Designing Online Activities’s Docs THUG Annotation Guide for NowComment

Instructions: While reading The Hate U Give, you can publish your annotations on NowComment. You should be writing annotations in your own words. 

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WATCH THIS VIDEO WITH STEP-BY-STEP INSTRUCTIONS

Types of Annotations: These categories have been chosen to help you think critically about what you are reading and draw connections to the world beyond the classroom. 

  • SUMMARIZE: brief statement of important ideas or key events in the story
  • Example: Starr goes to a private high school in a different neighborhood than Garden Heights, where she lives with her family. She used to go to school in Garden Heights, but now she does not see many kids her own age from Garden Heights. 

 

  • PURPOSE: identify a specific symbol, image, quote or scene and explain why the author chose to include it.
  • Example: The author includes the fight scene at the party to introduce the reader to two rival gangs in the story.

 

  • CONNECT: draw connections to events or people in the real world
  • Example: The shooting of Khalil bears a resemblance to several real incidents of police brutality, including the murder of Oscar Grant.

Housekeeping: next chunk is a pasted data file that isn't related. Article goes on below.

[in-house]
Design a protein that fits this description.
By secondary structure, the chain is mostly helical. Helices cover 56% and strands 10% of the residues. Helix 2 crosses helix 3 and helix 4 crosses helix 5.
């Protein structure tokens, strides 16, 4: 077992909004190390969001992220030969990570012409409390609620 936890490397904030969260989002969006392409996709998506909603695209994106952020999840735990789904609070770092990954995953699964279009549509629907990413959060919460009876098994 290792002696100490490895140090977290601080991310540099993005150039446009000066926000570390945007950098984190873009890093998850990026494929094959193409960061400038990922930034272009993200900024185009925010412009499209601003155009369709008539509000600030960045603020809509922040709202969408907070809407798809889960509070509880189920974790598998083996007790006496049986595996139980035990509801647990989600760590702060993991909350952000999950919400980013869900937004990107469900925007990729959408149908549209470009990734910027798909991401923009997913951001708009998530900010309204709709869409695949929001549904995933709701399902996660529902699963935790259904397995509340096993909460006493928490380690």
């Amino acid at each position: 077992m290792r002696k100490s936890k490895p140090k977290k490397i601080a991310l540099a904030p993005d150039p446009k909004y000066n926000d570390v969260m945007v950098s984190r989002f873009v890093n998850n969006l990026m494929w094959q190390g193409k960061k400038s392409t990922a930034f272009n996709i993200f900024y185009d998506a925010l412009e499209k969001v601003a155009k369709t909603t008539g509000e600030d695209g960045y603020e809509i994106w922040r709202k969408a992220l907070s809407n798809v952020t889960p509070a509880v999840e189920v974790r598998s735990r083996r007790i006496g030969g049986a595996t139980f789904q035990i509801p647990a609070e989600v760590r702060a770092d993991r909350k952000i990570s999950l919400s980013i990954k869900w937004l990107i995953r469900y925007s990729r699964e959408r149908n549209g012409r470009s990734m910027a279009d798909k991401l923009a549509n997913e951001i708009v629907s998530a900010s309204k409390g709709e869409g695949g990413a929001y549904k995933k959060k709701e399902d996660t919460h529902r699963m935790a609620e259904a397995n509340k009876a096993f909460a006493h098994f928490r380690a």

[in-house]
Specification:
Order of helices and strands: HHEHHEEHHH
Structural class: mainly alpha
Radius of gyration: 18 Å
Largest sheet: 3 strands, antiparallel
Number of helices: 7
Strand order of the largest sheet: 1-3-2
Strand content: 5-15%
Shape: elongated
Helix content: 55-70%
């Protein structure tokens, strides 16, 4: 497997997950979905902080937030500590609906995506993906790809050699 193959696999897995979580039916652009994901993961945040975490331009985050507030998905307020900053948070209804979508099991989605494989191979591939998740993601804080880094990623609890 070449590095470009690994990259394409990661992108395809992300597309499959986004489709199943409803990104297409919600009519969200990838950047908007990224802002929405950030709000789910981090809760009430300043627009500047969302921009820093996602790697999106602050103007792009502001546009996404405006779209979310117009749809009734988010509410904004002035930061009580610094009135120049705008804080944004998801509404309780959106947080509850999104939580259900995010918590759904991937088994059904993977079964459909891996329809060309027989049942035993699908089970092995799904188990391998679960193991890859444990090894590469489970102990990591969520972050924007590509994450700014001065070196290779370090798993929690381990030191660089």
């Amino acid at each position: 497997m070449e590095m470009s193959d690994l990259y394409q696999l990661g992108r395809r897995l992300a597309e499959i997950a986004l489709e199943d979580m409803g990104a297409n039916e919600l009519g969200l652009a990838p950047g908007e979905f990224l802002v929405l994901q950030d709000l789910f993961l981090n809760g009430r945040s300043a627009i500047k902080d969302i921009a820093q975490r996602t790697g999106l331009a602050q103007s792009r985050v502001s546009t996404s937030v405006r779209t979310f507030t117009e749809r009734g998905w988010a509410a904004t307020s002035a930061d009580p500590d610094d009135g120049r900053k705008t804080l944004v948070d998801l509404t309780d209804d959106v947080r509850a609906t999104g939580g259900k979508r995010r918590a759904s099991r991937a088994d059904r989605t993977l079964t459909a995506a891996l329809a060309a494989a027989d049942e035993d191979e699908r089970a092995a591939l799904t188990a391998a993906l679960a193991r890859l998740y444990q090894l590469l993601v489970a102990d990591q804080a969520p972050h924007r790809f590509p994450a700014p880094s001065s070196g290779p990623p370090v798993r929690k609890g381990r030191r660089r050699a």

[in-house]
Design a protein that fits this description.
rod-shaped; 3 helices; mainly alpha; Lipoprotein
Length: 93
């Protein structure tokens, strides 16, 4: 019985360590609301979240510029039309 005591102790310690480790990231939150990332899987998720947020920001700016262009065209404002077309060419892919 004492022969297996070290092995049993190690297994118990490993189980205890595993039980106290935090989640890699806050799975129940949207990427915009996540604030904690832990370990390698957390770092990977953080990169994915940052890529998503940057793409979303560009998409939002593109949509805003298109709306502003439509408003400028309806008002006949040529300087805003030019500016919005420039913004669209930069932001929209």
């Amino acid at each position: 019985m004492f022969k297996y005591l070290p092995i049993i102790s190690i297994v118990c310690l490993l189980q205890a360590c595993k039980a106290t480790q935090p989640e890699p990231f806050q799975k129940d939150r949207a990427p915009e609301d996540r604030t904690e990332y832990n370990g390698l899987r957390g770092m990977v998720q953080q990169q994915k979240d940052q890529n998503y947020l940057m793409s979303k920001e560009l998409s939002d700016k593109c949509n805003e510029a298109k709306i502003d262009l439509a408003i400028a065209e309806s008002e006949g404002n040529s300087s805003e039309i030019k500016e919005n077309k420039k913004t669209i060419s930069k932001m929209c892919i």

• COMPARE & CONTRAST: find similarities and differences between characters, ideas and other texts
  • Example: Starr and Kenya are really different. Starr seems to prefer blending in wherever she is, while Kenya likes to stand out and seems to start trouble sometimes.

 

  • INFERENCE: use context clues to “read between the lines” and determine what the text might mean beyond what it says literally
  • Example: When she is 12, Starr receives “the talk” from her parents about what to do if she is pulled over by a police officer. Her parents seem very protective and careful, and they are likely speaking from their own experience. Starr’s mom thinks she is too young for the talk, while her dad wants her to know what to do. Starr’s mom wants to keep Starr innocent, but her dad wants her to be prepared.

 

  • QUESTIONING: ask questions of the text. These can be big questions about themes or ideas in the book as a whole, or specific questions about a line or passage.
  • Example: By age sixteen, Starr has been a witness to two shootings of her friends. How will the shooting of Khalil affect her emotionally throughout the book?

WATCH THIS VIDEO TO LEARN HOW TO ADJUST YOUR VIEW AND ADD A COMMENT

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Youth Voices is an open publishing platform for youth. The site is organized by teachers with support from the National Writing Project. Opinions expressed by writers are their own.

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